London's diverse ethnic population explains the success of its schools
London's diverse ethnic population is the reason for its pupils achieving significantly better GCSE results than the rest of England, according to a new study published today.
This study from the Centre for Market and Public Organisation (CMPO) at the University of Bristol looked at GCSE data for the whole of England to understand what lies behind the 'London Effect' – a term used to describe the high levels of attainment and progress of pupils in the capital.
The London Effect is large: the report shows that pupils in London schools score about eight GCSE grade points higher than those in the rest of England, relative to their attainment at age 11. For example, this means achieving eight Cs rather than eight Ds, or eight As rather than eight Bs.
Evidence in the study shows that this is explained by the ethnic composition of pupils in London. Once ethnicity was taken into account in the analysis, the London Effect in pupil progress disappears.
Previous research from CMPO showed that white British pupils achieve the lowest GCSE scores relative to their attainment at age 11, which this study confirms for 2013. Combined with the fact that this group make up 34 per cent of Year 11 pupils in London compared to 84 per cent in the rest of England, researchers say the background to the result is clear.
Professor Simon Burgess, who carried out the research, said: "We know that ethnic minority pupils score more highly in GCSEs relative to their prior attainment than white British pupils. London simply has a lot more of these high-achieving pupils and so has a higher average GCSE score than the rest of the country.
"Many policy makers, school leaders and commentators enthuse about the major policy of the time, London Challenge, and view it as unambiguously improving schools in London. This unanimity carries weight, and no doubt London schools were improved in a number of ways. But so far at least, catching a reflection of this improvement in the attainment data is proving to be difficult."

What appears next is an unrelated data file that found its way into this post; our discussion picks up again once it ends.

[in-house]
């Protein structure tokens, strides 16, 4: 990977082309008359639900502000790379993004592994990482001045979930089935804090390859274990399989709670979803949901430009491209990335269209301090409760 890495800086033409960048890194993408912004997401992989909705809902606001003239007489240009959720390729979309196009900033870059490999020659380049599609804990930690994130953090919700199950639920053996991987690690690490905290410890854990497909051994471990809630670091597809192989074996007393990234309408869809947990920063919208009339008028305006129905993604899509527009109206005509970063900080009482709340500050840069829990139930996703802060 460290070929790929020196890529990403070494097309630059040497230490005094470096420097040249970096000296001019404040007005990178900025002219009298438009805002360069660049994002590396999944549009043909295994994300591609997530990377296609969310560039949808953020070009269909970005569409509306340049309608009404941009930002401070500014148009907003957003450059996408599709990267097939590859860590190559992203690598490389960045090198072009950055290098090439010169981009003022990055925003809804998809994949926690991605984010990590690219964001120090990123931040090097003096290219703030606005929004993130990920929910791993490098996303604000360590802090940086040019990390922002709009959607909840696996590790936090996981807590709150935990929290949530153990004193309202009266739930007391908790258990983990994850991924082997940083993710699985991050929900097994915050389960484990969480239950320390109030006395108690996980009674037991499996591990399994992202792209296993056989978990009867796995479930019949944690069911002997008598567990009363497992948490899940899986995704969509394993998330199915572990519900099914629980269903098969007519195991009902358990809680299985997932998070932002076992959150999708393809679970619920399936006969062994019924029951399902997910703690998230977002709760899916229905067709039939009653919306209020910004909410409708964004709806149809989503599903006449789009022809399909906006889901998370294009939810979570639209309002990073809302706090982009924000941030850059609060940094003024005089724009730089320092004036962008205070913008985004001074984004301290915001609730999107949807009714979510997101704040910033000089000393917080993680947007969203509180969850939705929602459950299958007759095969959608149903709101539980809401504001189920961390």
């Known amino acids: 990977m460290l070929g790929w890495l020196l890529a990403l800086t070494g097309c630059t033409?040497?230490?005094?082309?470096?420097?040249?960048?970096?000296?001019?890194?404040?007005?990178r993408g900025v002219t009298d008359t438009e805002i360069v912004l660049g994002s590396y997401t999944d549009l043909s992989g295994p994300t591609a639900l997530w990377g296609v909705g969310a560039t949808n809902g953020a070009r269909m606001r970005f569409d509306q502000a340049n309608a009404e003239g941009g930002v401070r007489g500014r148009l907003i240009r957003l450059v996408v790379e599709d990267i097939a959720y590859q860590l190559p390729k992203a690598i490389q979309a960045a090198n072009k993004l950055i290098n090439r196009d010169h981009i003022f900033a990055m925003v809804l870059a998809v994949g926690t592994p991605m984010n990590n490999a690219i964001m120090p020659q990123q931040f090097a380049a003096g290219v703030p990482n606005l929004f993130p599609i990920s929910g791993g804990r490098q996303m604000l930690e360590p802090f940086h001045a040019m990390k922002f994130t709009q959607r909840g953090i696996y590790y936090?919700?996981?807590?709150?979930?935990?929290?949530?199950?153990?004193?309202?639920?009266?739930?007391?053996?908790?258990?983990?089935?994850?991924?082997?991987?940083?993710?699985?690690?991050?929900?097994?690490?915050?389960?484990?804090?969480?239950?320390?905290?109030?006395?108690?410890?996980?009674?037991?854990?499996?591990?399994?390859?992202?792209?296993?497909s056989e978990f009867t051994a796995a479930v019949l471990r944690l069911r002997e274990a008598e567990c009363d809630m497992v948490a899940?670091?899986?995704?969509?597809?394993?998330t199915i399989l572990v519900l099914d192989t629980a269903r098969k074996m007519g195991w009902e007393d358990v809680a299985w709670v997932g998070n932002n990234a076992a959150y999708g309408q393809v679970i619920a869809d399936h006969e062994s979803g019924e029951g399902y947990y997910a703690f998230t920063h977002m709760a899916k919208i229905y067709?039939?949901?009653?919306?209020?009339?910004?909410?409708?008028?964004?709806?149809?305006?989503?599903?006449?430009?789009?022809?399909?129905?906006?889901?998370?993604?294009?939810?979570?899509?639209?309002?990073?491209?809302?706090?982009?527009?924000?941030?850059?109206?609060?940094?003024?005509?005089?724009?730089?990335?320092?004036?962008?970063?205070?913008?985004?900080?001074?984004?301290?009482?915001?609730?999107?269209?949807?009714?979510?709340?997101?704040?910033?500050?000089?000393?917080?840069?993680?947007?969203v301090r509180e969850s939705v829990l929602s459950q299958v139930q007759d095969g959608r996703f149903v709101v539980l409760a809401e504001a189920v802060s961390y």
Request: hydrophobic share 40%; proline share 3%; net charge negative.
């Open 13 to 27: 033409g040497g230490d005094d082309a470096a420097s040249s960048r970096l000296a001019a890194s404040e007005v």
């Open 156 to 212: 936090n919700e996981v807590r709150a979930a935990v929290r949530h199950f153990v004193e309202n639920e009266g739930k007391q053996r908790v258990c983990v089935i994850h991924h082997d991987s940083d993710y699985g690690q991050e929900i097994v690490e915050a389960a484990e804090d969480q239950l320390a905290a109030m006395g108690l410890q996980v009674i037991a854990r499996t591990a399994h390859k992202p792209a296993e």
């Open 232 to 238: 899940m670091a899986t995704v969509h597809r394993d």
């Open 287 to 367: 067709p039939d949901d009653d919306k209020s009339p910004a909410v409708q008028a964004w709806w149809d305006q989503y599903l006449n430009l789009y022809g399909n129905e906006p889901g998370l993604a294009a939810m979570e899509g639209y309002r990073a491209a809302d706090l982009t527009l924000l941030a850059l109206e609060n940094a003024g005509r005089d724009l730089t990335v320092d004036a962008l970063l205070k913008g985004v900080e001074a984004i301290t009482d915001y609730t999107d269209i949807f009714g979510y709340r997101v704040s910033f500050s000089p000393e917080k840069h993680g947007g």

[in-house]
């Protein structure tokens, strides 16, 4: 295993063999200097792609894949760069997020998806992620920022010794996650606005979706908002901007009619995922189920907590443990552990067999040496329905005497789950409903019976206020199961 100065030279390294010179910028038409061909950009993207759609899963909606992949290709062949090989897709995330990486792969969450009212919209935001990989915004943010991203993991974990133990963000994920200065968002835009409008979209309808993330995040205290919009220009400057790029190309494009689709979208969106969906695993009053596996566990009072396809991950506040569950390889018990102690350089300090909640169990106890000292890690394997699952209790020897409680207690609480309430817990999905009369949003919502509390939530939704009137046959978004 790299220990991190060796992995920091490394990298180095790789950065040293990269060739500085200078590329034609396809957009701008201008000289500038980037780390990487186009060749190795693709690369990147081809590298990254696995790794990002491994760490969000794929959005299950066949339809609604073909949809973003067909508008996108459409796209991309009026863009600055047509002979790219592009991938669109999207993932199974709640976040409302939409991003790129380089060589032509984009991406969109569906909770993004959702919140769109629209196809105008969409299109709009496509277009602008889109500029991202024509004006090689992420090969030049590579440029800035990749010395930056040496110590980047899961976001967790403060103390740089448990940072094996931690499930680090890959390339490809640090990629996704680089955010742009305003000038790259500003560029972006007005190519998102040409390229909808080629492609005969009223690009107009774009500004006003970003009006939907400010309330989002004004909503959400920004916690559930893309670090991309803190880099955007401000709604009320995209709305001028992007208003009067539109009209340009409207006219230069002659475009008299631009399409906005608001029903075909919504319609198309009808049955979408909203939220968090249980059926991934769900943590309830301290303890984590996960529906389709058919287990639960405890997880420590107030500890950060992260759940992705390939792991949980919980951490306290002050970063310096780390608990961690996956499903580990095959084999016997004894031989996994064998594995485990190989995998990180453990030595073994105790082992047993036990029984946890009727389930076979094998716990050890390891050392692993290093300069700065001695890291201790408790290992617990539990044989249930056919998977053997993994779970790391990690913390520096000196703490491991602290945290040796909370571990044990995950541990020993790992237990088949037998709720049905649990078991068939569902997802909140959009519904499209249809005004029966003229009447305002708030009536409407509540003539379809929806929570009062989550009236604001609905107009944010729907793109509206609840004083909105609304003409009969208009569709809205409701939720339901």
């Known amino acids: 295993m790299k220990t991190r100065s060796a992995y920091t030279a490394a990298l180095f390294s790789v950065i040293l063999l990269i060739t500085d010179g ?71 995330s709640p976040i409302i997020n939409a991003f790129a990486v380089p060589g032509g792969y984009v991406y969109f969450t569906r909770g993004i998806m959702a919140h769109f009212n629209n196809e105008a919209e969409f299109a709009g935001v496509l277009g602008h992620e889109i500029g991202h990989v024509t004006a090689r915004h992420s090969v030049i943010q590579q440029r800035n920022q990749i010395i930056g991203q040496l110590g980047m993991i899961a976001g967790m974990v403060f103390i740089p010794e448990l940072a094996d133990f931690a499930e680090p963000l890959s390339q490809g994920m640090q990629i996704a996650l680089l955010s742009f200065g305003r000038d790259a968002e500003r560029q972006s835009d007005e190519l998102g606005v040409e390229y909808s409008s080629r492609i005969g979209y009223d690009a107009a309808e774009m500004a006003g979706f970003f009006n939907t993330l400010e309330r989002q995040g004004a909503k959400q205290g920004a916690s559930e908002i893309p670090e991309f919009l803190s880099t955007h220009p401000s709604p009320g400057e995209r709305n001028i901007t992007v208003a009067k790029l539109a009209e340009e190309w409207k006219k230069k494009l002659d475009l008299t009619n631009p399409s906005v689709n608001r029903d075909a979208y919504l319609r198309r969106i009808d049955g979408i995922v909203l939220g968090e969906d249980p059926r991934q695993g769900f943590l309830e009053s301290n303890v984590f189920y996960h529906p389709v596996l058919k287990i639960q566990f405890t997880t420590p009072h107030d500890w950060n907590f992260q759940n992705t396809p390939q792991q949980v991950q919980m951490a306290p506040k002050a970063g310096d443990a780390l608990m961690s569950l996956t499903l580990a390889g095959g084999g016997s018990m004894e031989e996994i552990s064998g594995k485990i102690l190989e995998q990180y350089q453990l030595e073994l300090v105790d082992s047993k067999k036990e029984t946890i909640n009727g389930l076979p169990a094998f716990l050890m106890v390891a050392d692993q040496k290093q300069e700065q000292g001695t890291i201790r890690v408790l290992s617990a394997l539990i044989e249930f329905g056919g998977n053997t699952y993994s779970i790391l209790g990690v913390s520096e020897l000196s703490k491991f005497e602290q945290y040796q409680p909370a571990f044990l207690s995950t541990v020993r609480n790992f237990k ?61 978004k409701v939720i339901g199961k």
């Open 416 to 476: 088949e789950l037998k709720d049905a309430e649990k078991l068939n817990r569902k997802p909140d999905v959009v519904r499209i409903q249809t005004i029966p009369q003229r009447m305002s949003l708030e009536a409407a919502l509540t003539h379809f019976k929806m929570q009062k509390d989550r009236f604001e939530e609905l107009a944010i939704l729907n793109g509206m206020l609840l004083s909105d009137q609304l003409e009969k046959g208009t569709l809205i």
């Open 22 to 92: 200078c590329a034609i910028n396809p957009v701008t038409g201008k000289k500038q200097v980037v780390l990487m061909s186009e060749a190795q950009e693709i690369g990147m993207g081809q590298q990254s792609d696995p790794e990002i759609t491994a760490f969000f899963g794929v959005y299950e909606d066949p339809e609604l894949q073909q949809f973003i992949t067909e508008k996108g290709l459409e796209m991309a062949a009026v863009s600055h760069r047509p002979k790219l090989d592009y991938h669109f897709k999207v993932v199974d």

The report also looks at the role of the children of recent immigrants rather than ethnicity. Evidence shows that taking account of the number of pupils who are the children of immigrants also accounts for the London Effect.
Comparing Newcastle, where 11.8 per cent of the population was born abroad and arrived before the year 2000, with London, where the number is 34.7 per cent, yields a difference of about 15 GCSE grade points in pupil progress in London's favour.
Looking back over the past decade, the study shows that there has been a London Effect in secondary school progress since at least 2004, and that it is accounted for by ethnic composition in each year.
Analysis of some different measures of attainment shows that a London Effect is much reduced once ethnicity is taken into account, but remains significant. These include measures that remove vocational qualifications (known as GCSE 'equivalents') from the total and measures of very high GCSE performance.
Professor Burgess added: "My interpretation of these results leads to a focus on pupil aspiration, ambition and engagement. There is nothing inherently different in the ability of pupils from different ethnic backgrounds, but the children of relatively recent immigrants typically have greater hopes and expectations of education, and are, on average, more likely to be engaged with their school work. This is not by chance of course. A key point about London is its attraction to migrants and those aspiring to a better life.
"London has a right to be pleased with itself in terms of the excellent GCSE performance of its pupils. These results help to explain the London Effect but they do not explain it away. The London Effect is a very positive thing, and much of the praise for this should be given to the pupils and parents of London for creating a successful multi-ethnic school system."
About the study
The study used GCSE data for all pupils in state secondary schools in England, and focussed on GCSEs taken in the summer of 2013. It also looked back over the previous decade. The main outcome used was each pupil's GCSE points score for her/his best eight subjects relative to attainment in the Key Stage 2 exams taken at age 11. It also looked at the percentage of people scoring five or more A* to C grades at GCSE and measures of high performance.